United States: Write Your ERISA Summary Plan Description To Inform – And To Win

Last Updated: September 10 2015
Article by Gary Lawson and Gus Fields

In June, 2015, the United States Court of Appeals for the Sixth Circuit, in Pearce v. Chrysler Group, L.L.C. Pension Plan, No.13-2374, again told an employer that it may have failed to adequately describe an employee benefit plan limitation and sent the case back to the lower court for further proceedings.

On the cusp of its bankruptcy filing, Chrysler offered certain employees a new incentive—$50,000 in cash plus a $25,000 voucher towards a new car—to elect early retirement. Chrysler's pension plan already included a "30-and-Out" benefit to help early retirees make ends meet until they became eligible for Social Security benefits. Chrysler provided Pension Statements to Mr. Pearce and others, and advised them to consult the Summary Plan Description (SPD) for more details.

When Chrysler offered the new incentive, Mr. Pearce was already eligible for the 30-and-Out benefit. However, after reading the SPD and talking with others, Pearce declined to take the offer. That same day, Chrysler terminated Pearce for allegedly improperly using a company car. The next day, Pearce applied for his pension benefits, including the 30-and-Out benefit. Chrysler denied his claim.

After an administrative appeal, the case was tried in the United States District Court for the Eastern District of Michigan. The district court ruled that conflicts between the terms of an SPD and a Pension Plan must be resolved in favor of the Pension Plan, denying Mr. Pearce's ERISA §502(a)(1)(B) claim 1.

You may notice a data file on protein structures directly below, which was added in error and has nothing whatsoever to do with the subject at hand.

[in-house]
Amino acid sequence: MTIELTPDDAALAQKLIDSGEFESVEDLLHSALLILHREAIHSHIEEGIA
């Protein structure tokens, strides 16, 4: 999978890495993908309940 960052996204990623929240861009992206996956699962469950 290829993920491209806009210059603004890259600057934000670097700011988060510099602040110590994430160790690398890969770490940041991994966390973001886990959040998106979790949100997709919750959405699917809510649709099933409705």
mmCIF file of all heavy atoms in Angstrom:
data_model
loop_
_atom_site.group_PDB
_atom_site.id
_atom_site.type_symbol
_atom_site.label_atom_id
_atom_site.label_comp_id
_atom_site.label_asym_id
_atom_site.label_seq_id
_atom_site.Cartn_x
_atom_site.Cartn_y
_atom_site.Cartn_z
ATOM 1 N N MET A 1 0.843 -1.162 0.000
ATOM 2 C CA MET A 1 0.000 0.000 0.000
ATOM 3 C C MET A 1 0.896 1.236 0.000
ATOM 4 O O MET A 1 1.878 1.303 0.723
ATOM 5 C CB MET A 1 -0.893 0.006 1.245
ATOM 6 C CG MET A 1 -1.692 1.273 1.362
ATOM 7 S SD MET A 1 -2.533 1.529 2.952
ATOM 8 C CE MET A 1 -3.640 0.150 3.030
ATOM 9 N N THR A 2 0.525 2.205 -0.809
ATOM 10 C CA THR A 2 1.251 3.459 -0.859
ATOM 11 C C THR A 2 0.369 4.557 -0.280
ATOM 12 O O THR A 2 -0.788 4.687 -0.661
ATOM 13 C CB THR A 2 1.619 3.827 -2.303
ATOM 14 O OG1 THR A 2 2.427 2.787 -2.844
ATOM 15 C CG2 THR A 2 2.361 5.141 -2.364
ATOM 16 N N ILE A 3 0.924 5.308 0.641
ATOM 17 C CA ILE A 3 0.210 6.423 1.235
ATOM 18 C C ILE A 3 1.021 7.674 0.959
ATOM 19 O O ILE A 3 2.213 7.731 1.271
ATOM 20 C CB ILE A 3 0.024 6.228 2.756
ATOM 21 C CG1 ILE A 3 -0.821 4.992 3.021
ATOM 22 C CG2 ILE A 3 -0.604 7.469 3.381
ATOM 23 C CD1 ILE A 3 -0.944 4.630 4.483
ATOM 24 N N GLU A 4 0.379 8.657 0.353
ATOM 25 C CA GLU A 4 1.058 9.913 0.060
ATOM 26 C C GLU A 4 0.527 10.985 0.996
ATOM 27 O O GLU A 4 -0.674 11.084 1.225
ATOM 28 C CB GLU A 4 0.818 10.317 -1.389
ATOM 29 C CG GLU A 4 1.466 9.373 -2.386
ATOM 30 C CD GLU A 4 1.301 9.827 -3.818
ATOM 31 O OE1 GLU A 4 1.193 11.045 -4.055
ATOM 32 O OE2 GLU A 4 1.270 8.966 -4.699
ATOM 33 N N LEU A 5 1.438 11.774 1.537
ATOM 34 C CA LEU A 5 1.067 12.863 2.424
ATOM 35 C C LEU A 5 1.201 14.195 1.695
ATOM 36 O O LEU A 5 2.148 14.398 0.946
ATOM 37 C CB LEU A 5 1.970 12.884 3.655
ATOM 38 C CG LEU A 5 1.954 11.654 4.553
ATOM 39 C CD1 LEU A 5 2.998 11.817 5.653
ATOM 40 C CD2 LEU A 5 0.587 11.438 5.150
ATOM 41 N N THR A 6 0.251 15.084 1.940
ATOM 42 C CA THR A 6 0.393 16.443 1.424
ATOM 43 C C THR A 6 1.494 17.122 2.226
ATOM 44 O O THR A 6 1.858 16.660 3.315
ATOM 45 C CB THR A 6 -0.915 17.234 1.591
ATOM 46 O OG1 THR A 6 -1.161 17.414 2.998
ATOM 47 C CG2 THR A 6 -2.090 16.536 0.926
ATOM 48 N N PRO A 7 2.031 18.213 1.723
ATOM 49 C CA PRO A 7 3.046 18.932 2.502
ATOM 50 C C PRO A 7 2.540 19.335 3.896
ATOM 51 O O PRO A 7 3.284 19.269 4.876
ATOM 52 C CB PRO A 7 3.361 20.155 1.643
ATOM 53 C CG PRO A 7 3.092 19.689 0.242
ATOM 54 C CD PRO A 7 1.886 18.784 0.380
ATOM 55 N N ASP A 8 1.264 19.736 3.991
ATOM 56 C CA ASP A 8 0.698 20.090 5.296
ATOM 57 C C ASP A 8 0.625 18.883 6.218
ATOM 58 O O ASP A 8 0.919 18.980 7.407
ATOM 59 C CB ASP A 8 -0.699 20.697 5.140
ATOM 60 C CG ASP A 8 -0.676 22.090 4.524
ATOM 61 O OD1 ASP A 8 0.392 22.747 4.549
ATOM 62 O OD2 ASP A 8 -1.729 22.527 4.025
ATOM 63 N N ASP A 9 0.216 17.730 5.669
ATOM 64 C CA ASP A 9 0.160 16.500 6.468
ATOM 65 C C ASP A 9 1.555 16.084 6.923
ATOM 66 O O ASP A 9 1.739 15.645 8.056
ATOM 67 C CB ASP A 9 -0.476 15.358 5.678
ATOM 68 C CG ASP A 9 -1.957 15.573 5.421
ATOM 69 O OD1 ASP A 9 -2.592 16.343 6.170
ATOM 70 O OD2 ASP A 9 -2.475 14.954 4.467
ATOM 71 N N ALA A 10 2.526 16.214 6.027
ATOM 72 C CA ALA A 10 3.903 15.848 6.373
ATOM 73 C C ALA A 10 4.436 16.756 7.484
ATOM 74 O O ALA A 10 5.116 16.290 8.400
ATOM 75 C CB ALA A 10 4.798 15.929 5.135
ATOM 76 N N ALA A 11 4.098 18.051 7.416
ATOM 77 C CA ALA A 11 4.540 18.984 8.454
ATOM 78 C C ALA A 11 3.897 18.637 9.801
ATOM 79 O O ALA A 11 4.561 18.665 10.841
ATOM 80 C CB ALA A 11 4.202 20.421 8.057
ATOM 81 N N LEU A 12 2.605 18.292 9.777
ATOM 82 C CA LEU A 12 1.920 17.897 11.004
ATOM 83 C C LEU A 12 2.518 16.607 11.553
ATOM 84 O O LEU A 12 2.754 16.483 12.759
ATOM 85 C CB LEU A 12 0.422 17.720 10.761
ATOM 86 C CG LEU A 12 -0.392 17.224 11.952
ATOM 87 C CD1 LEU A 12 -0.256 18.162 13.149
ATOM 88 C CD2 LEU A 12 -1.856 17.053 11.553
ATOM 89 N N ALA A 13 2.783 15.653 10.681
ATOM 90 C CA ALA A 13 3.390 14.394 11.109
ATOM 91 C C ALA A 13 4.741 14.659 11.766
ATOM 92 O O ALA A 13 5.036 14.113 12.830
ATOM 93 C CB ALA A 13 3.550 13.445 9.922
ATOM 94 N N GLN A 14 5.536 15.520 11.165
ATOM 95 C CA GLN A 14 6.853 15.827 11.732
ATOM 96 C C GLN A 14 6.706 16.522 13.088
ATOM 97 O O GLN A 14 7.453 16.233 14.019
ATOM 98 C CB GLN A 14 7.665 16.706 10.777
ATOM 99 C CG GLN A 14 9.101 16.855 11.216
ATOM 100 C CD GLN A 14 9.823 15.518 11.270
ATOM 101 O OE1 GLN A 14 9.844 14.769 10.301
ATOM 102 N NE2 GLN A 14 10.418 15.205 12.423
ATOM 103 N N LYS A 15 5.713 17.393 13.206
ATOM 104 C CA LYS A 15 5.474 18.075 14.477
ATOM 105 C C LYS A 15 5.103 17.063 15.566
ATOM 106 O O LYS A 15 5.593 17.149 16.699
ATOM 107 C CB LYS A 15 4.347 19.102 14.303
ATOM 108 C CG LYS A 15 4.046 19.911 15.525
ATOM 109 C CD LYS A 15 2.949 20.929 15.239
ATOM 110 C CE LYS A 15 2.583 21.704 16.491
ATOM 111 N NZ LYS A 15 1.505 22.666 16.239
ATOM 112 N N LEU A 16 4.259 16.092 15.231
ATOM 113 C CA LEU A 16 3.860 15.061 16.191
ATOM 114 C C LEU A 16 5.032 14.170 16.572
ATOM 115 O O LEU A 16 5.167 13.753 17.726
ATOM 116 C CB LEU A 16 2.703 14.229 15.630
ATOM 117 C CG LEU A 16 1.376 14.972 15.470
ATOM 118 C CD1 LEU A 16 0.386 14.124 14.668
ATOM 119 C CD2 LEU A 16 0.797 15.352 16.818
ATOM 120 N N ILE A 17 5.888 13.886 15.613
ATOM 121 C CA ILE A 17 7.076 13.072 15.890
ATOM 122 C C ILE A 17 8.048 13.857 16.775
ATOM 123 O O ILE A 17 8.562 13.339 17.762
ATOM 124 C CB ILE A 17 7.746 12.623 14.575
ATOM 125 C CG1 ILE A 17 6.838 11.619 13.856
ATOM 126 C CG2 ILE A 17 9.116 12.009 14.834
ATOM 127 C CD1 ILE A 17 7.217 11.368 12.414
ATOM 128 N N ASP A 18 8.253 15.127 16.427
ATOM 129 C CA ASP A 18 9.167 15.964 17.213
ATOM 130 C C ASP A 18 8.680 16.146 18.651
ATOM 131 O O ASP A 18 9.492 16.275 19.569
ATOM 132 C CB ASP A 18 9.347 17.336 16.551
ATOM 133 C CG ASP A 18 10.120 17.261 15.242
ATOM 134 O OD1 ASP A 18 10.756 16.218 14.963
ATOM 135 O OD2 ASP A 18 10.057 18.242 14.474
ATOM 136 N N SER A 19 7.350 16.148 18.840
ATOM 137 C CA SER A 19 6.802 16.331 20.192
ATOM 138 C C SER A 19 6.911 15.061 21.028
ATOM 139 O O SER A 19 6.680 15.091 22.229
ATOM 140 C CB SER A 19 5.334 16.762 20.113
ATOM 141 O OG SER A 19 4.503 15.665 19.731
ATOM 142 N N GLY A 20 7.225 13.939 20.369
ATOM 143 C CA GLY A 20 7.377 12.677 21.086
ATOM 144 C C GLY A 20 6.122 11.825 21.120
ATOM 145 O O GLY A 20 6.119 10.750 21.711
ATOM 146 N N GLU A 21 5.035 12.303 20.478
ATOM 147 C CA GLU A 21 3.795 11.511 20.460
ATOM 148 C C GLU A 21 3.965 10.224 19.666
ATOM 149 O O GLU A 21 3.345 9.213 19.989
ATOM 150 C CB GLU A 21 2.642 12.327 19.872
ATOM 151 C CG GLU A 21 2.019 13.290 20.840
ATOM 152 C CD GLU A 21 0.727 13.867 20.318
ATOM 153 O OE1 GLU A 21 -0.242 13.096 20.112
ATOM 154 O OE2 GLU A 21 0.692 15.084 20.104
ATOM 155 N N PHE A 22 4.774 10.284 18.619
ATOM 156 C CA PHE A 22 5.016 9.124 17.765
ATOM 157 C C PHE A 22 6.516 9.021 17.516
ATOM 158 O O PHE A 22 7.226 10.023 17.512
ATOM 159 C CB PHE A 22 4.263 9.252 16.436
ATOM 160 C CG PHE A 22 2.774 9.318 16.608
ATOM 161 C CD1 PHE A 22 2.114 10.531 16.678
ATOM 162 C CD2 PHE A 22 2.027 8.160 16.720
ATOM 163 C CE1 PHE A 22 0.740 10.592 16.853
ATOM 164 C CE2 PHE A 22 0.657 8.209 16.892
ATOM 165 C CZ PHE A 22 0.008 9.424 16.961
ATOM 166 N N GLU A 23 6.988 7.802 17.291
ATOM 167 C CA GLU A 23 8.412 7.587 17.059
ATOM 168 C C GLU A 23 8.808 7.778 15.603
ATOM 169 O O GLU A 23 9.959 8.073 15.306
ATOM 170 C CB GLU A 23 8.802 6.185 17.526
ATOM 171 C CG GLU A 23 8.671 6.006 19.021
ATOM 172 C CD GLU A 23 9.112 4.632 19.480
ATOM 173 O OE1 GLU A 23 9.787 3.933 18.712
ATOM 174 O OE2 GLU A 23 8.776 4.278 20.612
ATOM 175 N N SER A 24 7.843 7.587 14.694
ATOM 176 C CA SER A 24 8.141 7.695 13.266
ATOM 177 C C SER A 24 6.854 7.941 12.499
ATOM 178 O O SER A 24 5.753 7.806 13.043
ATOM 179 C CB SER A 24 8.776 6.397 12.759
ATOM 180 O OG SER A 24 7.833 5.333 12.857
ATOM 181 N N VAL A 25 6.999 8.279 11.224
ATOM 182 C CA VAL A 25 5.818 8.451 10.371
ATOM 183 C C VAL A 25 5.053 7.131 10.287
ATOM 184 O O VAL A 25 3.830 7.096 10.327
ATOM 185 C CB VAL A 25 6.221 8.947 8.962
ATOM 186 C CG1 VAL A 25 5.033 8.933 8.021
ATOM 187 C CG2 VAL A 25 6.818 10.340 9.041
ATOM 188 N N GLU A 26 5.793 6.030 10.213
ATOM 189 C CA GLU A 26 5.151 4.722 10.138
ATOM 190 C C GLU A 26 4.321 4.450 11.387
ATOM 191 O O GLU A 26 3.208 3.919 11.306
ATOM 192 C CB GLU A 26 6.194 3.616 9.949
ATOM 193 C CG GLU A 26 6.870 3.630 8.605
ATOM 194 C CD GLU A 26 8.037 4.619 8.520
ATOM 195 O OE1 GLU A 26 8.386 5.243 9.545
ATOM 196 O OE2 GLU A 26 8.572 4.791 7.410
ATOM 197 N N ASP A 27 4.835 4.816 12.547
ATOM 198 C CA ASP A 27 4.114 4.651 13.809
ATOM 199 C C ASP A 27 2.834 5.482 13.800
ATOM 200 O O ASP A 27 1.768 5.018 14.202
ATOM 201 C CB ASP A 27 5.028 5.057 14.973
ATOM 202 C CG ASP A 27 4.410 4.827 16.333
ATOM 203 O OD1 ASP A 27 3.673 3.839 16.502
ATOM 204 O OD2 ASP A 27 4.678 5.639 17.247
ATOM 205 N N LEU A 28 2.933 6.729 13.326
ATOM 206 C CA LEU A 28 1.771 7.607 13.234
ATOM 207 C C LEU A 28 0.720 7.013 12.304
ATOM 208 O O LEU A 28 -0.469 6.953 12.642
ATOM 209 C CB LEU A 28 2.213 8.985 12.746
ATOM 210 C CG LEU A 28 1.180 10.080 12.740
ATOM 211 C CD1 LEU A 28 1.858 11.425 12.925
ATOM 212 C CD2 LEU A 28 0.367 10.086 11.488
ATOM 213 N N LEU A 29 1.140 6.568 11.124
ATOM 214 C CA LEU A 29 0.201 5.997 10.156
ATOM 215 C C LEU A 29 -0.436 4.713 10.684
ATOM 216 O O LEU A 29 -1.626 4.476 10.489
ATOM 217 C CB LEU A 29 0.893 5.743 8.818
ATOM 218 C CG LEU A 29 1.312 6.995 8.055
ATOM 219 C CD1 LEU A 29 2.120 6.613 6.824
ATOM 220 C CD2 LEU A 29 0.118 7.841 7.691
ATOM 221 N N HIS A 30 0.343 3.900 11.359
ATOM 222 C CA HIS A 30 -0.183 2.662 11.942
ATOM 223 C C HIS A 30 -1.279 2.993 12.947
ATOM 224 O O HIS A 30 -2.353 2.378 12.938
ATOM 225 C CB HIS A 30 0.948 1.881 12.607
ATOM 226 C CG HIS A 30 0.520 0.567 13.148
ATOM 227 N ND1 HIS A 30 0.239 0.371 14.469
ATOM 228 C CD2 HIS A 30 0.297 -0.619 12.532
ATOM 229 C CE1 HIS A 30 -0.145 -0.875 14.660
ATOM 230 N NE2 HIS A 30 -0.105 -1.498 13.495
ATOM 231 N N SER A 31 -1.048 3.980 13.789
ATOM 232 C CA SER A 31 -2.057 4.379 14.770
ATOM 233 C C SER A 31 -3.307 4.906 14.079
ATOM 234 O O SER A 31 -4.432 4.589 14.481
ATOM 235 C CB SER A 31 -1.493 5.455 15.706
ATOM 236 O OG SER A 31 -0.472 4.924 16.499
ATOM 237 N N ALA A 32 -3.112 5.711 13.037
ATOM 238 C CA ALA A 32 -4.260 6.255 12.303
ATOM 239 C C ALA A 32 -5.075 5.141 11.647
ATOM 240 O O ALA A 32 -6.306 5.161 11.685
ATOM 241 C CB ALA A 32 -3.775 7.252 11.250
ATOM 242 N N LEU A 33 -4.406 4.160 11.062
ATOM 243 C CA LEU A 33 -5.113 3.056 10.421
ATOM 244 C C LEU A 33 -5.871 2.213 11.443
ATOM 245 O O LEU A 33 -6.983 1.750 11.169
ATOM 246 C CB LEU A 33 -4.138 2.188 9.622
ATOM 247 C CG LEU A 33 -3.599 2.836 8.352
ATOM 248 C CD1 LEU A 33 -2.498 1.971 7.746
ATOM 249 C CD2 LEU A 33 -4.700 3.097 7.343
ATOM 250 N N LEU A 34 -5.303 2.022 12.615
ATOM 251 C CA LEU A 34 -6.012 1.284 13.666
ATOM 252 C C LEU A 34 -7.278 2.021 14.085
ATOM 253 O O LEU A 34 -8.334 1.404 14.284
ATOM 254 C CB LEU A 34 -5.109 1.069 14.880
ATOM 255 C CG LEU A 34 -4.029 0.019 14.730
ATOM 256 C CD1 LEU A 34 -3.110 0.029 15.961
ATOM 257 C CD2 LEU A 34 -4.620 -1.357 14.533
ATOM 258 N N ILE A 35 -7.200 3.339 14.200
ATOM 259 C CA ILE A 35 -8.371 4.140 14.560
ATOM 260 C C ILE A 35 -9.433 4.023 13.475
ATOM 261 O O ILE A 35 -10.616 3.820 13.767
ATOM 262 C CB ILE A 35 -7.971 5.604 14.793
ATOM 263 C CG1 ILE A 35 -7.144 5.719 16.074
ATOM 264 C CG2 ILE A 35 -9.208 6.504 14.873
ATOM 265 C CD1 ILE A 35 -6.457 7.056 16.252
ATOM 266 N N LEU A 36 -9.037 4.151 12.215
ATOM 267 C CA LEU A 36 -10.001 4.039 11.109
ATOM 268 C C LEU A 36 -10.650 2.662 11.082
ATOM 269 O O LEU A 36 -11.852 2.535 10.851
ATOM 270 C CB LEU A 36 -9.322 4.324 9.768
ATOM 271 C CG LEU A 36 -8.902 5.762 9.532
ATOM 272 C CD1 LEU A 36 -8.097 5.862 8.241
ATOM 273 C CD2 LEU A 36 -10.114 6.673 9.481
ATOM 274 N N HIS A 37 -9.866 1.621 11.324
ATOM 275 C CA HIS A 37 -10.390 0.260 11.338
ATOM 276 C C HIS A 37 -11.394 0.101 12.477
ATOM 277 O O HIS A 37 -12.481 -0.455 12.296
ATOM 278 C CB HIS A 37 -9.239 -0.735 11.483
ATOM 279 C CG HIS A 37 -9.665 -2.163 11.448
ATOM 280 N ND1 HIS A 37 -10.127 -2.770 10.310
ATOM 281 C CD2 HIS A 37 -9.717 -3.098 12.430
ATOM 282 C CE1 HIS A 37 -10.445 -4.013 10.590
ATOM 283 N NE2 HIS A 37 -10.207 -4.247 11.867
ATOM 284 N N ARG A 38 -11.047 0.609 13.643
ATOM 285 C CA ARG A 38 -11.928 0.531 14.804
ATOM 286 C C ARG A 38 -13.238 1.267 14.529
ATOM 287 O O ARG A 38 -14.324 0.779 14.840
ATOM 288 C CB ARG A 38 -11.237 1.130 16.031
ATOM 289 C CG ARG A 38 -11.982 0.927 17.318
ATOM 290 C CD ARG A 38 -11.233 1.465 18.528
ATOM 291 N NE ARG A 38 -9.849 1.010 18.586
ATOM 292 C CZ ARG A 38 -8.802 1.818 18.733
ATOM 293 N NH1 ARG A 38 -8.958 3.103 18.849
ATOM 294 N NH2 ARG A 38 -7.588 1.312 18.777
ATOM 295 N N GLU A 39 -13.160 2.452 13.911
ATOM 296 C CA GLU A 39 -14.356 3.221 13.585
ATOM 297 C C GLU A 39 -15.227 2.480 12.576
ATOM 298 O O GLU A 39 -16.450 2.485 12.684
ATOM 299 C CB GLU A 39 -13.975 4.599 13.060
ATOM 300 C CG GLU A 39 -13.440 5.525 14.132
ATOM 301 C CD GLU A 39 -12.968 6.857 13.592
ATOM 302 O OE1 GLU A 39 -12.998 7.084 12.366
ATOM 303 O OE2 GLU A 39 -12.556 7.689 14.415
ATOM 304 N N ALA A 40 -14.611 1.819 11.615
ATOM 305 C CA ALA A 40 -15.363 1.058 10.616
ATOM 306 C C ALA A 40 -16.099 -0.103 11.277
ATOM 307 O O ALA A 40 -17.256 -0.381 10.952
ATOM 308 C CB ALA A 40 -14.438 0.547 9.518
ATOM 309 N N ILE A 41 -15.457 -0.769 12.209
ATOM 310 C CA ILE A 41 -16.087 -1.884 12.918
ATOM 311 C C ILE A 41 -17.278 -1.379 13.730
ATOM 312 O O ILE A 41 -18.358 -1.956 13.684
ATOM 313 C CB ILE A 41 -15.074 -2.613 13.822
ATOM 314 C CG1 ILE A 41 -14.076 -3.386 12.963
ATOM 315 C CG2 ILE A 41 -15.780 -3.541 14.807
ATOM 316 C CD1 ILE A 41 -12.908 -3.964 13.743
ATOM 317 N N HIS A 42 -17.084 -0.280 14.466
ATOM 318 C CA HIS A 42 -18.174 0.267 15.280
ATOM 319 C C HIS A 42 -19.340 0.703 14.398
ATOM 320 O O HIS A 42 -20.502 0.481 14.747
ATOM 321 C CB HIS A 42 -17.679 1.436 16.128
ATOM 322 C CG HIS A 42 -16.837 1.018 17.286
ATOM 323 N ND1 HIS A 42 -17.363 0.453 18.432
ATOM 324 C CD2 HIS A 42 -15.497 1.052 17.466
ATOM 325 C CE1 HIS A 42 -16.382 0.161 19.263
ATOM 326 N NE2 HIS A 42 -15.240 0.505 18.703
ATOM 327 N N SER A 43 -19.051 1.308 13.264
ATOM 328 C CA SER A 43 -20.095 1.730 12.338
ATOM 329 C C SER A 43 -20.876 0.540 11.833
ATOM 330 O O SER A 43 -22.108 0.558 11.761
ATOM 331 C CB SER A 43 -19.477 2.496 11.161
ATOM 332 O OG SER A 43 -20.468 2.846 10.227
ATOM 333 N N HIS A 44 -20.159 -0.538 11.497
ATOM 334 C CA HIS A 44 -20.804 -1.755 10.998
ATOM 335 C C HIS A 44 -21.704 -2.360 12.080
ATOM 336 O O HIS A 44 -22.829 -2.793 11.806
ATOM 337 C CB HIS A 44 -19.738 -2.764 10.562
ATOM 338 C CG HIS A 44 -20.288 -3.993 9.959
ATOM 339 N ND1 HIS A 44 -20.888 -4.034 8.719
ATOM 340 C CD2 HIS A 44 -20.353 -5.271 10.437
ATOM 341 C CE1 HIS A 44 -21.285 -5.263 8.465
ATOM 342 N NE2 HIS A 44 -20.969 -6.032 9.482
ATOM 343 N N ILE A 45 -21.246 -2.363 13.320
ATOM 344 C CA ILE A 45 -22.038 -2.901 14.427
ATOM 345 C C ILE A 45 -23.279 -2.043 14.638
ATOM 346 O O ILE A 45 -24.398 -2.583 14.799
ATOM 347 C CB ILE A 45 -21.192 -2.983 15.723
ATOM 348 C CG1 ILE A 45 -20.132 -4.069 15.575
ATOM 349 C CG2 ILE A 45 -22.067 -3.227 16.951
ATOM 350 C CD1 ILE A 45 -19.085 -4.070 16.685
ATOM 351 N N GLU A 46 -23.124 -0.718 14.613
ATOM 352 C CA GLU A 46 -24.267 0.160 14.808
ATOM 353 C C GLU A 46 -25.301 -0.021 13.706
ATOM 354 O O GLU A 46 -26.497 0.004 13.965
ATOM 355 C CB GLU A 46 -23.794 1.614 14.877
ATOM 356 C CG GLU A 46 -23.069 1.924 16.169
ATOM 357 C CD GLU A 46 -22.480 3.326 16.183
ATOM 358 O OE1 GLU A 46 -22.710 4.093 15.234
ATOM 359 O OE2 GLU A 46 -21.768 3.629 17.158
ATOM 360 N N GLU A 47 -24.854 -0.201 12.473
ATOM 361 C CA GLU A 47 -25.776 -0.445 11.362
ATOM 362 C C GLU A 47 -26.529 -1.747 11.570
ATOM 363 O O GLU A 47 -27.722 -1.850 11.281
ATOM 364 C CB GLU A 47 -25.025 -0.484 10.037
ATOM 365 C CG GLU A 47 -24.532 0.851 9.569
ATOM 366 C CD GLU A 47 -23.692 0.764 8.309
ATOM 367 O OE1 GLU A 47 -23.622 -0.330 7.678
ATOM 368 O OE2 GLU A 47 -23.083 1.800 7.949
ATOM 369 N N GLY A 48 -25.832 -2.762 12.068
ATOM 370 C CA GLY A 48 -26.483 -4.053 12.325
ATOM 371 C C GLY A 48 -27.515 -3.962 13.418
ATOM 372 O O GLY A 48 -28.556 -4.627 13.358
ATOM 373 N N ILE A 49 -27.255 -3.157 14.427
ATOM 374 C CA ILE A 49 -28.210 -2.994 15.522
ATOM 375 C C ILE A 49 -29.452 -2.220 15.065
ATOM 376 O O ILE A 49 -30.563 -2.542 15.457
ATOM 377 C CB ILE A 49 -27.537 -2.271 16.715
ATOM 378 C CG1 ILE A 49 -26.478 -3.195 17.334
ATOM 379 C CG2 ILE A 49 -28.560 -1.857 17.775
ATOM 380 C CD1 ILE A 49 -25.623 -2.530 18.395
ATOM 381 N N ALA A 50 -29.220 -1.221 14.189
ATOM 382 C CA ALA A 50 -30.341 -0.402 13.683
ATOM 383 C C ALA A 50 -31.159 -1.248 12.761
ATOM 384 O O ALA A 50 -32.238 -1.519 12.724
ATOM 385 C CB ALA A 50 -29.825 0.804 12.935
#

On appeal, the Sixth Circuit recognized a point noted by the district court, i.e., that a conflict between the SPD and the Pension Plan can be addressed by a claim under ERISA § 502(a)(3), which allows a plan "participant, beneficiary, or fiduciary to obtain appropriate equitable relief to redress violations of...ERISA".

The Sixth Circuit quoted language often found in SPDs, which, of course, was included in Chrysler's Pension Plan's SPD, "If there is a conflict between this summary and the Plan document and trust agreement, the Plan document and trust agreement will govern."

The Chrysler SPD described the 30-and-Out benefit and then went on to state:

You do not need to be actively employed at retirement to be eligible for a supplement. However, you must retire and begin receiving pension benefits within five years of your last day of work for the Company in order to receive any supplements for which you are eligible. 

However, Chrysler pointed out that the Plan itself had a provision after the description of the eligibility rules for 30-and-Out that read:

Notwithstanding the foregoing, a Vested Terminated Participant who met the eligibility requirements for early retirement at the date his employment terminated shall not be eligible to receive an Early Retirement Supplement....

The Plan itself contained this definition:

"Vested Terminated Participant" is defined as "an individual whose employment with the Corporation ceased prior to the date he retired and who possessed a vested right to a Deferred Pension at the date of termination of his employment."

Chrysler logically argued that the Plan controlled and, since Pearce was a Vested Terminated Participant on the day he applied, he was ineligible for the 30-and-Out benefit supplement.